The use of the trendelenburg position in the surgical treatment of extreme cerebellar slump

Frank Dewaele*, Alain F. Kalmar, Edward Baert, Annemieke Van Haver, Giorgio Hallaert, Frank De Mets, Leonie Williams, Jean Pierre Kalala Okito, Koen Paemeleire, Jacques Caemaert, Dirk Van Roost

*Corresponding author for this work

Research output: Contribution to journalArticleAcademicpeer-review

3 Citations (Scopus)

Abstract

Background. State-of-the-art treatment for Chiari Malformation I (CM-I) consists of decompression by posterior fossa craniectomy. A rare but severe complication that develops over months to years after this procedure is cerebellar slump. Treatment options for this condition are limited. We present a new and promising approach to treat this rare condition. Methods. The patients were placed in the Trendelenburg position to facilitate ascent of the cerebellum. After almost complete dissolution of neurologic symptoms, surgical reconstruction was performed by tonsillar resection and the creation of a new structural support using a bone graft. Results. Both patients experienced good clinical and morphological outcomes immediately after surgery, and for two years thereafter. Conclusions. Neurological symptoms related to cerebellar or brainstem slump can be adequately reversed by placing the patient in the Trendelenburg position. After uneventful gravitational reversal of the slump, safe surgical reconstruction of the cerebellar support can be performed to securely preserve the anatomical reversal.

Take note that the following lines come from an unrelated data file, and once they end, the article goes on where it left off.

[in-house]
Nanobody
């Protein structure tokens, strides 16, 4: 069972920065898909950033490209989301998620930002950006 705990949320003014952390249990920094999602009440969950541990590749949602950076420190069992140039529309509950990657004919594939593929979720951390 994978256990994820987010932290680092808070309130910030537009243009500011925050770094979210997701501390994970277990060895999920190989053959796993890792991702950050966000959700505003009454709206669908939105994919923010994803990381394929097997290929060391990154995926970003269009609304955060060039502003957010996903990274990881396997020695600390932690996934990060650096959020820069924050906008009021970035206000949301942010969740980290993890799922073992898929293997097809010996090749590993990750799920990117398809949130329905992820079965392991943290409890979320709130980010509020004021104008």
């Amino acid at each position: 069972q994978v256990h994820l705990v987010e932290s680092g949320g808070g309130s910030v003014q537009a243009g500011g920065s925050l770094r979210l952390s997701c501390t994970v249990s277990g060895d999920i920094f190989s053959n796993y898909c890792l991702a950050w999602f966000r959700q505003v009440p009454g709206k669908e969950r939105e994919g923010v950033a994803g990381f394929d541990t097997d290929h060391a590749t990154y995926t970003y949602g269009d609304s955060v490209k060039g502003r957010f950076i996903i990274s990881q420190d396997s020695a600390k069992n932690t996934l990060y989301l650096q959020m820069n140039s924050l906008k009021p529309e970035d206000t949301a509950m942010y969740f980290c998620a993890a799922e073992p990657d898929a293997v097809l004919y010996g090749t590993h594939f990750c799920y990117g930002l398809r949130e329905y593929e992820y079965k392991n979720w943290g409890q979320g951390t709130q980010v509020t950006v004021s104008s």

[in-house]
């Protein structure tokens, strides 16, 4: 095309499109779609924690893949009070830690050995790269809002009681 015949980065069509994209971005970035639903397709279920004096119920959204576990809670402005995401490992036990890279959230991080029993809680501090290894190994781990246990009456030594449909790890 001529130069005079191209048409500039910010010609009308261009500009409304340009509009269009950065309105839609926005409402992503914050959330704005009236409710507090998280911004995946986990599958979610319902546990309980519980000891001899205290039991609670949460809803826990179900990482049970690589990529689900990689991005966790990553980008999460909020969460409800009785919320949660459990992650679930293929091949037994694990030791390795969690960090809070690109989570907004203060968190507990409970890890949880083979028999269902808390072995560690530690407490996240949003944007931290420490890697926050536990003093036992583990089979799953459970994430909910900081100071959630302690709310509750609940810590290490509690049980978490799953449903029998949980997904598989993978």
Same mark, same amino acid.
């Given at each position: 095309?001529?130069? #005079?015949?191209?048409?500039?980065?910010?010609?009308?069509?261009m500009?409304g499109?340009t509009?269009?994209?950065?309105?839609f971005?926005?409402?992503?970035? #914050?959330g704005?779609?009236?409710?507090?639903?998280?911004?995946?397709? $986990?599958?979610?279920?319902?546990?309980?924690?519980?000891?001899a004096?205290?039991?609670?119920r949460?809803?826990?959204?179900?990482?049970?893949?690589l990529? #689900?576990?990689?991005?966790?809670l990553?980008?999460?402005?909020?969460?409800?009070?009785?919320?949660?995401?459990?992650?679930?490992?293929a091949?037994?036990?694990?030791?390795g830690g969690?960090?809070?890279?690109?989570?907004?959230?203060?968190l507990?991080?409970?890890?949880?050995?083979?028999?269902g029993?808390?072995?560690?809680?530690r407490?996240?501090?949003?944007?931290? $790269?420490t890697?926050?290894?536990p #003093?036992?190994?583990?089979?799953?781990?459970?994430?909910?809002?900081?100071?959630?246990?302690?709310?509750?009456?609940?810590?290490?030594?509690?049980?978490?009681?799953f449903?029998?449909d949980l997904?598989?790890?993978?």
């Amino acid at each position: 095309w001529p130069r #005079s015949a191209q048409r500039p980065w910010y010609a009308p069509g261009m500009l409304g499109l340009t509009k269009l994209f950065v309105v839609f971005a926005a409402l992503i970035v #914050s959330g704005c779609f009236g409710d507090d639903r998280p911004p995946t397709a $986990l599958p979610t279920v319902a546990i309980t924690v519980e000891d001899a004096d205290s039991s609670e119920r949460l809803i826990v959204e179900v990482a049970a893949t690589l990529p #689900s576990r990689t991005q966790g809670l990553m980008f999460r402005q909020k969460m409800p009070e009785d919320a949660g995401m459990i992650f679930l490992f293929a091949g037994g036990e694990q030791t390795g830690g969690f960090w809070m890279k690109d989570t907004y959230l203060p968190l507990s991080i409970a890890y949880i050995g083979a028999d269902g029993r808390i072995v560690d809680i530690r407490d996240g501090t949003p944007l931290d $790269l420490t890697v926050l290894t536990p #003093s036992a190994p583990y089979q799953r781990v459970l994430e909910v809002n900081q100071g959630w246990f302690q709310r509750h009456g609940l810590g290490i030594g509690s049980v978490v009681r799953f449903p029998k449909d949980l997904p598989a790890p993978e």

Original languageEnglish
Pages (from-to)115-119
Number of pages5
JournalBritish journal of neurosurgery
Volume30
Issue number1
DOIs
Publication statusPublished - 2-Jan-2016

Keywords

  • Trendelenburg
  • brainstem
  • slump
  • cerebellar
  • CHIARI-I MALFORMATION
  • FORAMEN MAGNUM DECOMPRESSION
  • EXPANSIVE SUBOCCIPITAL CRANIOPLASTY
  • CRANIOCERVICAL DECOMPRESSION
  • SYRINGOMYELIA
  • MANAGEMENT
  • HINDBRAIN
  • SURGERY

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